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timbo59 11-18-2011 11:23 AM

Solving discontinued tile issue
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Can anyone help me with a major problem we’re having? I bought a batch of tile to go through the kitchen/foyer/dining area, and even though I calculated correctly, I’m only going to have one spare tile left over when I complete the job. I usually like to have at least a packet or two left over in case of damage, but I did too good a job of calculating the layout through the three areas and making sure all the cuts along the walls were balanced out – I ended up with a stack of near-half width pieces!

We’ve belatedly decided to convert our garage into additional living space (building a new garage at the same time) with a single step down entry off the foyer. Obviously, opening an entry through the wall off the foyer means that the extra four inches of concrete exposed makes the present half tiles butting up to the wall redundant - I’ll need at least 6 new tiles to relay to the edge of the step down into the converted garage.

Though it’s not a major issue, I had hoped to use the same tile through the garage, which of course would mean getting hold of enough to cover an area about 25’ square.

So what’s the problem? We returned to the store where we bought the tile 9 months ago, only to be told that the tile we used has been discontinued! Talk about a jaw-dropping moment! We tried going back to the distributor to see if he could source at least enough for me to do the step, but we’ve had no luck. We are now basically up the creek, as I sure as heck can’t go back now and tear out all the tile we just laid down. So I have a few questions –

1) Is anyone at all familiar with the tile, and know where there might be some stock sitting around? It’s 18” x 18” ceramic tile, called ‘Peacock Multicolor’, by a company out of Israel called ‘Negev’, though they sell this particular tile under the company name ‘Novo’. At the least, we need one packet to help us finish off our project and to keep a few tiles in reserve. Somewhere, there HAS to be a packet or two of this stuff lying around that no one can sell because they don’t have enough stock left to make it viable, given that it’s apparently been discontinued.
2) Worst case scenario, I have one option open to me. Though 99% of the work has been done, I still have about 12 whole tiles set aside to finish off the job. 7 are to complete a run between the dining area and the family room, transitioning over to wood flooring. The other five are to go on the step leading from the foyer into our formal area. I hadn’t actually done the work because I had a couple of questions to clear up before proceeding. Now, if someone can come up with some kind of creative way to save the whole tiles by using something else, I could set aside those precious whole tiles for use on the new opening to the garage and as reserves. Some ideas I’ve considered for the transition over to wood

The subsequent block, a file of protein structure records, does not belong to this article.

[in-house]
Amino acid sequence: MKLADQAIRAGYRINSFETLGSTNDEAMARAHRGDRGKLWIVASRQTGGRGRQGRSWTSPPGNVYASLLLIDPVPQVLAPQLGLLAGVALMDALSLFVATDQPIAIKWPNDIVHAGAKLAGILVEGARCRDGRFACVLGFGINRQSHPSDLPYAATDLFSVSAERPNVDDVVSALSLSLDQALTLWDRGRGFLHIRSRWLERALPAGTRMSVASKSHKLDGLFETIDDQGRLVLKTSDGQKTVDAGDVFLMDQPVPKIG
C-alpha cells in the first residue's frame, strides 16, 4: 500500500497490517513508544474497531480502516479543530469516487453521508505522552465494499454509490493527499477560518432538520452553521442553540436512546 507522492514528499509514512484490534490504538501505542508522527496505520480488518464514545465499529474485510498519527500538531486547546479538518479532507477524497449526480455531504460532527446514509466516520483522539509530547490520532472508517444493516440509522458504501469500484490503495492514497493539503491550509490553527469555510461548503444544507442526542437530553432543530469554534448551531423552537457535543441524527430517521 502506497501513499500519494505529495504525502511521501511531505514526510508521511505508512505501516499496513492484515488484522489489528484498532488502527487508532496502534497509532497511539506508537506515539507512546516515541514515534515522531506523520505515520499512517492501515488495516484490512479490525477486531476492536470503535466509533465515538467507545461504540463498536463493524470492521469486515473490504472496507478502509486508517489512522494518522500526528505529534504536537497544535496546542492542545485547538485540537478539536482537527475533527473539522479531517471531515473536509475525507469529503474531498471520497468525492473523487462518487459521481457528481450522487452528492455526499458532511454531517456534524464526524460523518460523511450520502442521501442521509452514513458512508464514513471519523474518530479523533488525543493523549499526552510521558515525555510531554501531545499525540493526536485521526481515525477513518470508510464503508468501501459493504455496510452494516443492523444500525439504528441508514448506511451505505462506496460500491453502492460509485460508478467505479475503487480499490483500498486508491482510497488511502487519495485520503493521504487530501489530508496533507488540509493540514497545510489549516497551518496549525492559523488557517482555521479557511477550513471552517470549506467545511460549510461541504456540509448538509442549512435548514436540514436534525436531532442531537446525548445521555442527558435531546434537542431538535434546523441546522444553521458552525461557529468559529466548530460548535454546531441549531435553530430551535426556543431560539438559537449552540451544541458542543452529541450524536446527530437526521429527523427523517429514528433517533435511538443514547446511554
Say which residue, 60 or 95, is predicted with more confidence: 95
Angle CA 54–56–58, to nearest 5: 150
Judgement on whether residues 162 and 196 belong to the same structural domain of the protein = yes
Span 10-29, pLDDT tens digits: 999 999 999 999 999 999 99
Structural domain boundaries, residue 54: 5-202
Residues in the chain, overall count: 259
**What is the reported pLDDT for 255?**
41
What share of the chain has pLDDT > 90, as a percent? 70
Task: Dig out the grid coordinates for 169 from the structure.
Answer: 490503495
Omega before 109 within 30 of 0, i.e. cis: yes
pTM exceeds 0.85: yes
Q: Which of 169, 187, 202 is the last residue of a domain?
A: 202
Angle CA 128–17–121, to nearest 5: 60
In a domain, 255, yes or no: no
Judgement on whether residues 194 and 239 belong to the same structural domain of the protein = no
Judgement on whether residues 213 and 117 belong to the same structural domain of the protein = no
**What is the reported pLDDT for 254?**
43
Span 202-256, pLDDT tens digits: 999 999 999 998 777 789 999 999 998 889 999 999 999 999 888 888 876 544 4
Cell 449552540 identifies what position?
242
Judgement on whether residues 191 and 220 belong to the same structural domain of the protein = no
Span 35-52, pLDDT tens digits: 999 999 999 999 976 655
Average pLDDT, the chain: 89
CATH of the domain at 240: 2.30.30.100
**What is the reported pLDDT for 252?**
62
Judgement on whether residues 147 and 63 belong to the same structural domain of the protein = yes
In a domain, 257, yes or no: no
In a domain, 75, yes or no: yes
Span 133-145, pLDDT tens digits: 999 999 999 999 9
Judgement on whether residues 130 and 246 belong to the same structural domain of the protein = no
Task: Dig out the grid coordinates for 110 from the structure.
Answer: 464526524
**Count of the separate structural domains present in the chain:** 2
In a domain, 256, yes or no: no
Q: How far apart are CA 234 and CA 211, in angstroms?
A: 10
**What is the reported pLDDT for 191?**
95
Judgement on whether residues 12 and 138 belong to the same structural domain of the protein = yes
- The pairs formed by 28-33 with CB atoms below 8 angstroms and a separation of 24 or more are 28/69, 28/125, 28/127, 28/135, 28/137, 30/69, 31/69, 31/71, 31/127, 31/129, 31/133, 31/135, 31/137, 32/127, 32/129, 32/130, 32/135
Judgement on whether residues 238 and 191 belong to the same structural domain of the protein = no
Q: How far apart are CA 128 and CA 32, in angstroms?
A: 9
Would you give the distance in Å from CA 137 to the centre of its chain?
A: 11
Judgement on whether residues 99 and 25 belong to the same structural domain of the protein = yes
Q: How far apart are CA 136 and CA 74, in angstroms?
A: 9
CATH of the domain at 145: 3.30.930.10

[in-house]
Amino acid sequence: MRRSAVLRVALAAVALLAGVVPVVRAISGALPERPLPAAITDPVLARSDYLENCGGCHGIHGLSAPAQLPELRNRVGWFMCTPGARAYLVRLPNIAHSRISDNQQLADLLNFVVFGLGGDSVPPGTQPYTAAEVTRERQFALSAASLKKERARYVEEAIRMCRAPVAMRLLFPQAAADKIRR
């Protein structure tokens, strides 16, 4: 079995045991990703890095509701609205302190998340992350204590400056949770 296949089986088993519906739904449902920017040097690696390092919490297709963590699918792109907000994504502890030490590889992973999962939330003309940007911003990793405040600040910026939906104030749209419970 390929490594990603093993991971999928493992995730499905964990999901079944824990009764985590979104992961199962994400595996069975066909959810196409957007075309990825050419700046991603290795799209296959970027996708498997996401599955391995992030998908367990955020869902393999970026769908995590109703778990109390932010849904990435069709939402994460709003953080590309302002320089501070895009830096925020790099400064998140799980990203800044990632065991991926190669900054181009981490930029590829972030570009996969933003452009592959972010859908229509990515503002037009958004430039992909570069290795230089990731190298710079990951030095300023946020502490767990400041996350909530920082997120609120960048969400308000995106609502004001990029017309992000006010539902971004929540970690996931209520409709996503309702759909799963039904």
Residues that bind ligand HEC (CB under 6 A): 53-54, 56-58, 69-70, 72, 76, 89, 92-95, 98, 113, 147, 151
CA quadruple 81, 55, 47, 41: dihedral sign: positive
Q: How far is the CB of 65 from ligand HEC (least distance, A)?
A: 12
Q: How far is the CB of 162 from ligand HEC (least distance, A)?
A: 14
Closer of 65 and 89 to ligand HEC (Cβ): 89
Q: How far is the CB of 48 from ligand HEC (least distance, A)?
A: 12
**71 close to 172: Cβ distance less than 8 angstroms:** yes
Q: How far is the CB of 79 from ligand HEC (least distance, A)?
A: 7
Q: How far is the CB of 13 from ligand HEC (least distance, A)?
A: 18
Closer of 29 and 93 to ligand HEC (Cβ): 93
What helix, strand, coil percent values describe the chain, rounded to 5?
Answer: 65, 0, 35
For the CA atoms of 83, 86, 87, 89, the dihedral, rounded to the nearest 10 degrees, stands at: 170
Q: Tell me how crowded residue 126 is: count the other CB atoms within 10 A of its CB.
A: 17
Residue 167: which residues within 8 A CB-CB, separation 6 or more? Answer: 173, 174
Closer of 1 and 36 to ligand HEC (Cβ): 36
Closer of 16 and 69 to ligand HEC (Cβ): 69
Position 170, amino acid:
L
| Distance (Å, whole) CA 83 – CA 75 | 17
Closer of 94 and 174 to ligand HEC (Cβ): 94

a) Some sort of complimentary tile that could make it look like a border between the main tile and the wood
b) Using the left over tile pieces creatively (by that I mean all the smaller cut pieces left over from the job I've done so far) either by cutting them up into rectangular pieces (or squares) that would fit 3 across to every whole tile they’d butt up to, or by smashing up a pile of them and laying them out as a mosaic to fill the required area. Never done either so I don’t know if it would work or end up looking like crap.
As for the step into the formal area, though I don’t think the smashed tile idea would work, cutting the left over pieces up and using them as squares or rectangles might work.

Finally, in case anyone is wondering why I just don’t use the wood flooring to take up the area where I was going to transition from tile to wood, it won’t work. It would mean laying the wood into an area that was opened up by removing most of a wall – even though only a few feet of the wall are left in one corner, I’d have to lay the wood 12 inches deep on the inside of that section – it would look weird!

Sorry for the long post – and I hope the pictures make it easier to understand!

timbo59 11-18-2011 11:25 AM

Here's a clearer picture of the tile in question - I thought I'd uploaded it with the previous post.

timbo59 11-18-2011 11:28 AM

okay, let's try again!
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Okay, figured it out - file size issues!

timbo59 11-18-2011 11:39 AM

one more picture
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This is the step in question, where you can see the area waiting for the final tiles set aside. The opening into the garage will be a mirror of this one, directly on the opposite side of the foyer, where you can partly see an antique cabinet in place.

Bud Cline 11-18-2011 12:38 PM

The chances of finding tile from that exact "lot" is slim-to-none. That's the way tile goes. When purchasing tile for a project one should purchase more than is needed. If a later extension is in the plans that tile should also be purchased in advance and at the same time.

Tile designs and patterns just don't stay around for long.

You may get lucky and find that same tile somewhere, but how you would locate it is beyond me. The name of the tile is basically useless because tile carries different names at different locations. This is done (just like some carpets) to keep you from shopping one suppliers price over/against another's.

Where did you originally purchase the tile?

You may want to contact the CTDA (Ceramic Tile Distribution Association) and see if they can help to locate some additional tile. The problem is don't need enough additional quantity to get anyone interested in searching for it.

CTDA has a website.

Sephora 11-18-2011 01:00 PM

Try calling this place...they have this tile on their design page.

timbo59 11-18-2011 01:06 PM

Hi Bud,
As I said, I thought I had purchased enough (working to the rule of ordering 10% more than I needed based on square footage), but all the half tile cut for the borders (which took out about 10" out of every 18" tile used on the borders) really ate into my reserve. It's the first time I've used 18" tile, so I should have allowed for more wastage.

Bear in mind that i did finish up with enough - it's just the change in plan as far as the garage is concerned that's messed things up. Trust me, if I had to pay $10 a tile to get the extra I needed I'd pay it!

No suggestions on alternatives to save the dozen odd tiles I have in reserve, or thoughts on my ideas? If you're a tile guy, I'm sure you've had to get creative at times yourself.